All of this work and planning finally brings us to the fourth quadrant to consider. And, not an unimportant part at that! What is data worth if you cannot work with it? I am guessing nothing!
Especially when it comes to Oracle and Postgres, the definition of “application” goes in two directions. What we traditionally know as applications; are the screens you use to do your data operations (Create, Read, Update, and Delete). But also, your database side application code for super efficient data management, using stored procedures, triggers, constraints and what have you.

Database side

Both Oracle and Postgres have very strong procedural languages embedded in their server. As we saw with the Postgres extensibility system, PostgreSQL even allows you to build your own languages, complete with data types and operators.
Moving database side application code is where the CYBERTEC Migrator steps in and helps you out with automatic translations, a knowledge base, and many suggestions to complete this. Within an integrated migration recommendation, you get estimates for completing the migration, including database-sided application code.

Application side

It usually gets a bit painful when it comes to the traditional application. This might be written in almost any programming language, where it might or might not include your selection of dialect-specific SQL queries (where Oracle deviates from the more general interpretations of the ANSI-SQL Standards) or procedural code, both invisible from the database.
Depending on the availability of the original programmers guild, and the complexity of the code, you might be in for a formidable refactoring of the application.
Looking at your project and considering the four quarters of an Oracle migration, I think we have found our missing piece.

CYPEX to the rescue of your migration

Until now.

Even though we are very far along with our project, the chain is as strong as its weakest link. If we cannot get our application working, what’s the use of the migration? How much time, effort, and money do we need to invest to cover the last few meters?

Now, there is CYPEX. A rapid web application development framework that predicts what your application at the target side should be. You just have to make it pretty, and you are done!
“How do you do this?”, you might ask. Remember quadrant two of our project, the “Data structure”? The data structure has the foundation for the application locked inside. Just think about it. If you look at your data structure with a bit of an intelligent view, all that you need is already there, from relationships to dependencies to representations of values.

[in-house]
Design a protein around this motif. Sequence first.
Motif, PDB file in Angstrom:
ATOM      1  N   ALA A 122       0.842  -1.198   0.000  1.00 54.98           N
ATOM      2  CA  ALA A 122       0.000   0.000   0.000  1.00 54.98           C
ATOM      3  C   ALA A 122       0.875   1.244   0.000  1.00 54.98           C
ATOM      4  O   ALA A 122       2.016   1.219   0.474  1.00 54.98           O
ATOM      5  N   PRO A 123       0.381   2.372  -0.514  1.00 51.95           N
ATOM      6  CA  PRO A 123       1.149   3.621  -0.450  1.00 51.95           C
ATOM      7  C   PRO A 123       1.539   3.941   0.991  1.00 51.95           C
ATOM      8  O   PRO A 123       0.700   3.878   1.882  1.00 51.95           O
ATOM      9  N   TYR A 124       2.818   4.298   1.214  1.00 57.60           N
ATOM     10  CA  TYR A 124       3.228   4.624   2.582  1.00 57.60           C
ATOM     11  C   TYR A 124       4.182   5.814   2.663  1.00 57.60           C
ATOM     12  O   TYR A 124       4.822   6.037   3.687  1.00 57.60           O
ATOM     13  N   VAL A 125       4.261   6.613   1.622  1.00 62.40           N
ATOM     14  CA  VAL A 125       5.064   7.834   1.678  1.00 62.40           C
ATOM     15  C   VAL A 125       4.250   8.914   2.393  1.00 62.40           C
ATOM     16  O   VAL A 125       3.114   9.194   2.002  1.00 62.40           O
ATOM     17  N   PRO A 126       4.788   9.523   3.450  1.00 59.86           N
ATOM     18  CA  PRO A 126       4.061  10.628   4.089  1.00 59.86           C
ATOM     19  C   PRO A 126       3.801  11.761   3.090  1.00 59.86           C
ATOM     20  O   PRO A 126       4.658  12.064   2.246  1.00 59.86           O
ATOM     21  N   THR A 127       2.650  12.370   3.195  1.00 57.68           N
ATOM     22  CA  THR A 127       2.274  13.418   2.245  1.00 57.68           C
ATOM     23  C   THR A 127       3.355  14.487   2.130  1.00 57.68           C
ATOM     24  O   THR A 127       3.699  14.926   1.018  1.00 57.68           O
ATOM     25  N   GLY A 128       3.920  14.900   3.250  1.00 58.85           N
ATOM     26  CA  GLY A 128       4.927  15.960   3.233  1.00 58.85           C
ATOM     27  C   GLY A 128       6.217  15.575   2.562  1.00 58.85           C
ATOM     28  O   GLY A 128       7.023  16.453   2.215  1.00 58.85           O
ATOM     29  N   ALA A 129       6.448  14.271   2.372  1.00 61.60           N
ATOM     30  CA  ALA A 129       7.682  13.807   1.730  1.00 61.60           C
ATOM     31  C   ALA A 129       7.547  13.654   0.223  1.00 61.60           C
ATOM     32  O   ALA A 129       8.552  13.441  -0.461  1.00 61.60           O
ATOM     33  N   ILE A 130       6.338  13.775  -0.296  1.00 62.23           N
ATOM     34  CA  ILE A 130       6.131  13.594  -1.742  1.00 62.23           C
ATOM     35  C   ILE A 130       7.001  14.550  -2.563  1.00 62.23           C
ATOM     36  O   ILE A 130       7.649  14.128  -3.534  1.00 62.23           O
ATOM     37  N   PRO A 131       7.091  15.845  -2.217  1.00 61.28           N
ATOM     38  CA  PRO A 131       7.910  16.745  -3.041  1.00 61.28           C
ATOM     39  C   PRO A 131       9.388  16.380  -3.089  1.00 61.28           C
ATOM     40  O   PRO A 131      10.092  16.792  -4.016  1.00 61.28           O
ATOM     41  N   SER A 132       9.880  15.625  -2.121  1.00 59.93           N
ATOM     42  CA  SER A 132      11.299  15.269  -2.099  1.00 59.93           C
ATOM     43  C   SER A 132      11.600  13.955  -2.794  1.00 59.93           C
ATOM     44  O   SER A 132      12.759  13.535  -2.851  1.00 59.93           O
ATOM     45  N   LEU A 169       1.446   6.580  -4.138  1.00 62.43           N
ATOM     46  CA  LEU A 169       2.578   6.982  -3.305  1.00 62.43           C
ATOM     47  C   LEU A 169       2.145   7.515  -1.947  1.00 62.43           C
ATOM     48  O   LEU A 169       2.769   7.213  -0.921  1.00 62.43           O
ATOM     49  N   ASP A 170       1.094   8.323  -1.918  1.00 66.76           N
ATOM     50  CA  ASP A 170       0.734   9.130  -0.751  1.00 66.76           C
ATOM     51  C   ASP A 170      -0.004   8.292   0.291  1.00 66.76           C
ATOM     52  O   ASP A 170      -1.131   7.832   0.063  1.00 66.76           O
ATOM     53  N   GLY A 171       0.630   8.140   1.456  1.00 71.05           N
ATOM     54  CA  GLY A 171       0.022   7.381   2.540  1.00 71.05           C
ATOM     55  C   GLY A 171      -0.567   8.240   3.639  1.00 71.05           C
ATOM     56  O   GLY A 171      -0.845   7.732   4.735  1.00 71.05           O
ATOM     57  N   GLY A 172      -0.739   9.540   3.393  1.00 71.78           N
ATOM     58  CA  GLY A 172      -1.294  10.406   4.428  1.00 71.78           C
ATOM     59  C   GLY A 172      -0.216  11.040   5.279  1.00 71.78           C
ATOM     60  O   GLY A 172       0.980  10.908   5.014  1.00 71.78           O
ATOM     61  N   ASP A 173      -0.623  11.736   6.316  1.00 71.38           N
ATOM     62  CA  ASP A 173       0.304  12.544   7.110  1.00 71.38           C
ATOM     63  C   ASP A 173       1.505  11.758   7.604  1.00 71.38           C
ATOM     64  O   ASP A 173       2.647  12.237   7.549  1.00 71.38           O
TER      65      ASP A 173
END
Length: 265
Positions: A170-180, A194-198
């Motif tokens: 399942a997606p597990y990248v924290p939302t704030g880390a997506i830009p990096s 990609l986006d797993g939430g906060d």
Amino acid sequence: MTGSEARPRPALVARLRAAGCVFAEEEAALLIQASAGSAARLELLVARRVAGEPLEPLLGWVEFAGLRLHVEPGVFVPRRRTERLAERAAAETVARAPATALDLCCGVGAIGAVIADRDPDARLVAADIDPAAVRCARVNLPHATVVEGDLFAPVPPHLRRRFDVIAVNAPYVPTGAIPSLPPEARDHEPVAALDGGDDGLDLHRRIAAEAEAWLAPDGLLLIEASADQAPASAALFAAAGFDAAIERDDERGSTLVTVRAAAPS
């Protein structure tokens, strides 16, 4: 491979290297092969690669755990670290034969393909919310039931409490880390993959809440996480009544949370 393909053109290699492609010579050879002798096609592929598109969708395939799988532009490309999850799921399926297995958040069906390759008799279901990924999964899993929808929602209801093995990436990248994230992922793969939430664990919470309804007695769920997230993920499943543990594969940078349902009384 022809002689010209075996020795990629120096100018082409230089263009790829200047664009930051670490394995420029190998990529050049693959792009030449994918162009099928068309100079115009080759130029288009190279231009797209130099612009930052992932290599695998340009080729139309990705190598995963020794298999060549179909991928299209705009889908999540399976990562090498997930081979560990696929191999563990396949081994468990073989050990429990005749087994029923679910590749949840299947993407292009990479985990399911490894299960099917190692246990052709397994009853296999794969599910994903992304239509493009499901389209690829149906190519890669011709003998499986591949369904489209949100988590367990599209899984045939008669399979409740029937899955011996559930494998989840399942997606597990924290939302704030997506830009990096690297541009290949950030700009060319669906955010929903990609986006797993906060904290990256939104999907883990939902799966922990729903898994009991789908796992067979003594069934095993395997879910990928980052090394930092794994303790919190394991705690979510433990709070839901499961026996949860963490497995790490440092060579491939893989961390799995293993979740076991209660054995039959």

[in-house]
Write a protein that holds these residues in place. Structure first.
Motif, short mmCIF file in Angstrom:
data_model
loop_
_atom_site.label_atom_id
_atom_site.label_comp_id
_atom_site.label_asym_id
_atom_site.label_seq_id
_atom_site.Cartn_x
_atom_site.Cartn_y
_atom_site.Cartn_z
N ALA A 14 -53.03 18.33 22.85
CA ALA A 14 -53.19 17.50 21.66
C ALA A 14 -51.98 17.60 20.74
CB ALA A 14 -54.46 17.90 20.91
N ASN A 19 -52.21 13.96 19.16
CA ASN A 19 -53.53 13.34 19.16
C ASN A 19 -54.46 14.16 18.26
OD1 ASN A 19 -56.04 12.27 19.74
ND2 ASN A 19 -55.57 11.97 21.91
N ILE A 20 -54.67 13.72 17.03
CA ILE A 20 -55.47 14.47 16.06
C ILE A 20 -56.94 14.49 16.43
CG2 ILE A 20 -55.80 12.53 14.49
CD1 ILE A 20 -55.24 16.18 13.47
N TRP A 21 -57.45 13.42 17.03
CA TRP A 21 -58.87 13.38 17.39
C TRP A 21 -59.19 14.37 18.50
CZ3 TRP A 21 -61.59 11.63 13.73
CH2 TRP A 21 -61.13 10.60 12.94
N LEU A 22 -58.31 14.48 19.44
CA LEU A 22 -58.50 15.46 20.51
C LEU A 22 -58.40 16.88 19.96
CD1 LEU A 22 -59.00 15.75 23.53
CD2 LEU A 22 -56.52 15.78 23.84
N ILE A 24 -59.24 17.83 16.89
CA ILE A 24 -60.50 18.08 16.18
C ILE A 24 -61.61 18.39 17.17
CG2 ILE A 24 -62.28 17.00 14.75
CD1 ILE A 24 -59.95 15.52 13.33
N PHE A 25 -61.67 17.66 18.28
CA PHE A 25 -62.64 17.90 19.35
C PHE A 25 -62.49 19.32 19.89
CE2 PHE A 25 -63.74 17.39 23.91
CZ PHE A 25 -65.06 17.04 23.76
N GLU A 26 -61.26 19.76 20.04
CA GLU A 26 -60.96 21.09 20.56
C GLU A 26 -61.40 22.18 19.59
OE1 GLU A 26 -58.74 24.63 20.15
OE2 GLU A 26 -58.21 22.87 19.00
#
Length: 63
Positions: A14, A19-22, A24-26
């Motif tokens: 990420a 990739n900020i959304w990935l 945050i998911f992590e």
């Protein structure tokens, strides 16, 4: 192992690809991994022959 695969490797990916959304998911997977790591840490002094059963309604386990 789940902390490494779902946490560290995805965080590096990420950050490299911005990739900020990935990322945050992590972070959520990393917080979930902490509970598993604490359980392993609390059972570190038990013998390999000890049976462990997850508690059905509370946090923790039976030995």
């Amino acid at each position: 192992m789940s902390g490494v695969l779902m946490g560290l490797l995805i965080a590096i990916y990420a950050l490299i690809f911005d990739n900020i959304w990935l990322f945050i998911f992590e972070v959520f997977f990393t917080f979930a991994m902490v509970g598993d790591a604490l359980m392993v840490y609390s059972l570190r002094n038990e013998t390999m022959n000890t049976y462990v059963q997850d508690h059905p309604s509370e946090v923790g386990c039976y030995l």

This is what CYPEX brings:

  • Smart recognition of father-child relationships between tables;
  • Exposure of check contstraints to further safeguard data integrity;
  • Access to appications (and data) based on the systems role based access control or RBAC;
  • Integrated and configurable table management;
  • Built in and configurable abstraction layers, protecting your valuable data;
  • Automatic documentation, versioning and integrated application deployment;
  • Application level data manupulation audit capabilities;
  • Full integration of pg_timetables workflow management automation;
  • Configurable levels of LDAP integration;
  • Internal and external marketplace for application and workflow components.

All of this brings you the logical application that you just have to paint on the screen and you are done.


We can help! We have done migrations multiple hundreds of times, not in Powerpoint, but hands-on!

With the introduction of CYPEX, we can give you even more capabilites to cover all four quadrants of your database migration project.

  1. Quadrant one; leverage our experience to design and build a mission critical infrastructure.
  2. Quadrant two is where the CYBERTEC migration tool chain starts to shine with the highly praised CYBERTEC Migrator.
  3. Quadrant three; regardless of “big bang” or step by step, we are there all the way with advise, coaching and execution.
  4. Quadrant four; embrace CYPEX, for the missing gap in the migration or for extending existing applications.
    We are here to help with the details, the CYPEX academy or a deep dive demonstration!


Leave traditional, legacy, proprietary database management systems and embrace the future, head-long. No more excuses.